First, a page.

adjustment and change

I’ve written before that I’m not a fan of change. It has nothing to do with whatever the change is, and it can be as simple as my favorite bagel and coffee place closing down or my usual salon shuttering, but I just don’t like change. Adjustment is hard for me, and I’m someone whose anxiety gets worse when I feel out of control, or when things happen that I can’t control.

In the past week and a half, I interviewed, accepted, and started a new full-time job. While I’m obviously ecstatic to be employed after almost a year of freelance and part-time work (hooray, health insurance!) the timing was the worst thing that could have happened to me, mentally. I accepted my job on Friday, two hours after interviewing, and was asked to start Monday morning. I had a schedule during my freelance time (at least, I tried to have a schedule) for this exact purpose — so when I did have to get back in the game, no matter when it was, I wasn’t always sleeping until 12pm or lazying around. But no matter how you slice it, transitioning from a laid-back lifestyle to 50 hour work weeks, constant social interaction, and commuting, is hard. Not to mention that this job, while wonderful, requires a lot of mental concentration. It’s a field I’m not entirely familiar with, and a job that’s out of my realm professionally. It relies both on me being my own boss and on me being the driver of a lot of different routes. It’s an open office environment — something not new to me, but in previous environments, I felt like I could at least have things around my desk that made it a comfortable place to work and not just a boring table. There’s no one that really treats their desk as a personal space here, despite the fact that lots of people work late hours, and so it feels strange to me to mark my territory by bringing in pictures and books and small cute toys. And because the company only has a handful of people, it’s also the type of place that focuses on a lot of extroversion (daily group lunches and dinners, frequent meetings and check-ins). All of which, combined with my quick hiring, took a toll. Adjustment and change are a bitch.

I spent the first week of work being frustrated, tired, and anxious. I felt like I didn’t know what I was doing. I wasn’t used to getting up at 6am and not returning home until 8pm, sometimes not until 9pm if I was prepared to go home but got pulled into a group dinner. Every time I complained about things, I felt even more guilty, because who was I to complain about getting a great opportunity and well-paying job with a lot of growth (even if it wasn’t in the field I wanted to be in) when all I talked about for almost a year was being depressed because I couldn’t move my life forward since I was broke? Couple all of this with the fact that my book writing is finally taking off, and I freaked out over having to suddenly figure out how to manage my time in a way I didn’t think I had to worry about for awhile.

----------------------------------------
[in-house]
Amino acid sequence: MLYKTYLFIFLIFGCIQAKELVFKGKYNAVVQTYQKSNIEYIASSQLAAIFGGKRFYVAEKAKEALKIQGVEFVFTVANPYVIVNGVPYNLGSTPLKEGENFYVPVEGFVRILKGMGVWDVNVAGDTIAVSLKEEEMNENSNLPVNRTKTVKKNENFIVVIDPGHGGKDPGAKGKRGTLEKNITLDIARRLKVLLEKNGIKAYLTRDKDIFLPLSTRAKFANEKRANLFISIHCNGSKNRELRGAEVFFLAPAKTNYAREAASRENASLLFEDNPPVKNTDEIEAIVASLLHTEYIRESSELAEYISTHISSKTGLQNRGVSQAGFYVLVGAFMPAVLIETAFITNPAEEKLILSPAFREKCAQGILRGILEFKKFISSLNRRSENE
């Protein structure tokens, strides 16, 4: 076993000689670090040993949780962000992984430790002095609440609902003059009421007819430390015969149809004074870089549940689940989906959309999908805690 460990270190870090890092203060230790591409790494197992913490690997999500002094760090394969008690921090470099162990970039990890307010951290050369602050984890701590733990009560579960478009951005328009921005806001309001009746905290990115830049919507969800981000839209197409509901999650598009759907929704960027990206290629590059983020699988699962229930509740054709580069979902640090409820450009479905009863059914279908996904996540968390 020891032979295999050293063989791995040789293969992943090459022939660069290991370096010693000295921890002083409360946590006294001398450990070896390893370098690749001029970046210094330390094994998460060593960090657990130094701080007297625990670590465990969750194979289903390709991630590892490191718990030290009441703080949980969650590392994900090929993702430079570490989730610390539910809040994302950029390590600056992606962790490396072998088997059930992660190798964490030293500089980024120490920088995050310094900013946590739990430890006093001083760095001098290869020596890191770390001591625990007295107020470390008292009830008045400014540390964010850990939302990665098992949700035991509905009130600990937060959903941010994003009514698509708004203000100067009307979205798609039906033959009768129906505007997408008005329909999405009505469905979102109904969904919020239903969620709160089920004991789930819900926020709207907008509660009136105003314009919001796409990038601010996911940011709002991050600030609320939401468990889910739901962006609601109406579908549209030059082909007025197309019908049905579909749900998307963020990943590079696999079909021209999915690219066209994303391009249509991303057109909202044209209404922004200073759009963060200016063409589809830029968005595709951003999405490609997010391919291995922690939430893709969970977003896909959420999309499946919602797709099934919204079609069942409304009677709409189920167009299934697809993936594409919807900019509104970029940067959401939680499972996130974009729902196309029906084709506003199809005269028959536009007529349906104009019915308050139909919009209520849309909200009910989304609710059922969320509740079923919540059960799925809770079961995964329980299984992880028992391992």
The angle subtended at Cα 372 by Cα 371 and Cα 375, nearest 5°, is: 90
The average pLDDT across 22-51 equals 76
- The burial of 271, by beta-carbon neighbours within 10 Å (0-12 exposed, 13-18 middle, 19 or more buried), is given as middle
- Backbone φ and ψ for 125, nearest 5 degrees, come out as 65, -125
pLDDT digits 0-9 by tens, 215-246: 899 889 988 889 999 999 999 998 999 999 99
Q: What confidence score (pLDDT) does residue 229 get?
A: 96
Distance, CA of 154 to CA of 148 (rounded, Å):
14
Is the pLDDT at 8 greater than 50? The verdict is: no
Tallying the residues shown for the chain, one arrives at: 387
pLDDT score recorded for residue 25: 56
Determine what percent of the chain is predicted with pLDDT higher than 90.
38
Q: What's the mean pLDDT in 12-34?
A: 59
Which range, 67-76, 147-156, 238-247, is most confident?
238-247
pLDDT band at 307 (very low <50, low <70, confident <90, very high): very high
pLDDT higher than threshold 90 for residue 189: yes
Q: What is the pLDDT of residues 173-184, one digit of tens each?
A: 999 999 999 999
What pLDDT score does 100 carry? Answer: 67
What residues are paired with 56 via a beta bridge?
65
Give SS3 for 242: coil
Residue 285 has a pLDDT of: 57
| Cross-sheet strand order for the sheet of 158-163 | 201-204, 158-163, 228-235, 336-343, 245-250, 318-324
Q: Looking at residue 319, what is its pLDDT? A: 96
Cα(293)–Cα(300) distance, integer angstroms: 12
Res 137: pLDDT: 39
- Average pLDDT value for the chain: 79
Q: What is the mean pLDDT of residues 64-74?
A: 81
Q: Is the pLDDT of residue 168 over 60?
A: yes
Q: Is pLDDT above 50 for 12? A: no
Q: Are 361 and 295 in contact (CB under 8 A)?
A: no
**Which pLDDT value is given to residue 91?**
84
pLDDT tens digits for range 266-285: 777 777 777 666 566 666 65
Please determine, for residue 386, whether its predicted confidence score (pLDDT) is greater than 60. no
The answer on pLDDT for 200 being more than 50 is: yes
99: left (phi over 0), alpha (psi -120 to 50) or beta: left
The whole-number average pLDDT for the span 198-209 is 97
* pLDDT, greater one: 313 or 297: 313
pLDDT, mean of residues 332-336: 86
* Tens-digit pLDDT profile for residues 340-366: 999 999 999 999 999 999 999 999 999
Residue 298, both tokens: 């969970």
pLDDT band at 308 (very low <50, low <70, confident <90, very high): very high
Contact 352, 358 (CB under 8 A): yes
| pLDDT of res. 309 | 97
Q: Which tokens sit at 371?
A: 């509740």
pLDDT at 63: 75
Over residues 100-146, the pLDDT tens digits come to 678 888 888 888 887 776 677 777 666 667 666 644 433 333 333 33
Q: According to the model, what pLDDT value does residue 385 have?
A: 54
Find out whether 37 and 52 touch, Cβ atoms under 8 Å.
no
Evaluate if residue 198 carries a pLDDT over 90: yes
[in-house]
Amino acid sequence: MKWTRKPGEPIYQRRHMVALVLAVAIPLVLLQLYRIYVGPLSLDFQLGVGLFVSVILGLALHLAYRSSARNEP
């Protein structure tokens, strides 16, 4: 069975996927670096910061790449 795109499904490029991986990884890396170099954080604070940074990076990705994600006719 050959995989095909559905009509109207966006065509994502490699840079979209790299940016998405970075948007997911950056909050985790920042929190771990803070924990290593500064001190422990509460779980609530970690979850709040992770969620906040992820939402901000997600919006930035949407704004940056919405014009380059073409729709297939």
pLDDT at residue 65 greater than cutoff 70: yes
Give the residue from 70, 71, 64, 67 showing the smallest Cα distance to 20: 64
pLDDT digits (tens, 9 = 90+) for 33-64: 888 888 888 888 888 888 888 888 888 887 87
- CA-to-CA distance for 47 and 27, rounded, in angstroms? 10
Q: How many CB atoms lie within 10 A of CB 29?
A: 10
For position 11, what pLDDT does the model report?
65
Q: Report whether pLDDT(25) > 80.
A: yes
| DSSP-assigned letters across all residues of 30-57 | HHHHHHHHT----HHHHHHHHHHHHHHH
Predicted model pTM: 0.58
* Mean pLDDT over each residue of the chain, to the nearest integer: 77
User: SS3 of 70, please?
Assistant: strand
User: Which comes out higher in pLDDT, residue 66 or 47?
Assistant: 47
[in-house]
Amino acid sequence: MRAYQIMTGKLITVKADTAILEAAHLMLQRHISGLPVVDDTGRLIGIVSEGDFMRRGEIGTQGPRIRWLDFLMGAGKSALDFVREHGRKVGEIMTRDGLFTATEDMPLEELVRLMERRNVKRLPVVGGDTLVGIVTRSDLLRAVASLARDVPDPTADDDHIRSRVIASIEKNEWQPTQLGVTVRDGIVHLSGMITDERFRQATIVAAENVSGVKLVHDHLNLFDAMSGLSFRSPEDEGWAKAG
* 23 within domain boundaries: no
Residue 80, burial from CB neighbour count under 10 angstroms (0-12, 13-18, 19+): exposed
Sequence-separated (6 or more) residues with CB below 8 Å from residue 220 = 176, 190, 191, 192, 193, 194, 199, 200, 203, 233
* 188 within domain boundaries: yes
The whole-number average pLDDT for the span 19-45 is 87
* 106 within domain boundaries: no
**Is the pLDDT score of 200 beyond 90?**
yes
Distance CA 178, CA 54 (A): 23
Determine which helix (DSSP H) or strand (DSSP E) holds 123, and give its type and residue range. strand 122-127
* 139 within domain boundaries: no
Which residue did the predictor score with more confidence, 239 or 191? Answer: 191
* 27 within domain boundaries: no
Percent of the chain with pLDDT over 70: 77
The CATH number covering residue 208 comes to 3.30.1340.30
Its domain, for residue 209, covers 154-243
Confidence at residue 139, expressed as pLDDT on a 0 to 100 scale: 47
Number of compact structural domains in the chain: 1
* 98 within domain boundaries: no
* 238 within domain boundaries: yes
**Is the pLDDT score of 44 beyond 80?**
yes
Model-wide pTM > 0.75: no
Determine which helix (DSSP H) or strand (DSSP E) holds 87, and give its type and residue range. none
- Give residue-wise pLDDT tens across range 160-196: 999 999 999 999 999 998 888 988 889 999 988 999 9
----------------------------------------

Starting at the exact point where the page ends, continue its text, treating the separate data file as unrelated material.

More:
Yes, I know I’m not a special snowflake when it comes to having these worries. Oh boy, do I know. Lots of people have full-time jobs, kids, health issues, and they manage to get things done. But I know what makes me spiral out of control, and I accept it, I guess.

I’m slowly getting better, and taking full-on control of my passion planner to help me organize and get my head straight again. I’m trying to take solace in small things that I can control, like settling into a morning commute routine — having time for coffee and Tumblr and maybe some writing, watching the news, knowing that I have to get up by 6:10 if I want to shower, but that as long as I make it to the subway to get the train that rolls in exactly at 7:30, I can get to work on time. I made an effort to find a favorite small independent coffee shop — something that’s hard to do if you work in an area like midtown where everything is so commercial, but there are loopholes. I brought in my Hamilton coffee mug and my small Star Wars box, despite the fact that there are universal kitchen mugs and I have no need for anything decorative. It’s minimal, but it helps, for now.

I’m also attempting to stabilize myself in bigger ways. As soon as my health insurance kicks in, I’m going to go back to my doctor and re-evaluate and change my meds, which is something I’ve been needing to do for awhile. I’m going to start going to therapy regularly again, now that I can afford it. (And boy, do I need it.) And once I start getting a paycheck and have a comfortable cushion where I can breathe easier about my finances, I’m going to set up a small rewards system for getting through the week, putting it in my planner to hold myself to it — a massage, or maybe ordering delivery and splurging on the good places, or buying that book that I really wanted, or getting a new phone case, or having a happy hour fancy drink or expensive beer at a bar. Even just writing some of this out gives me a sense of calm, knowing that I’m consciously taking control of my stress and anxiety.

Things will improve. Change will, eventually, be good and lead to other good things. But for now, I’m just trying to get through the day.

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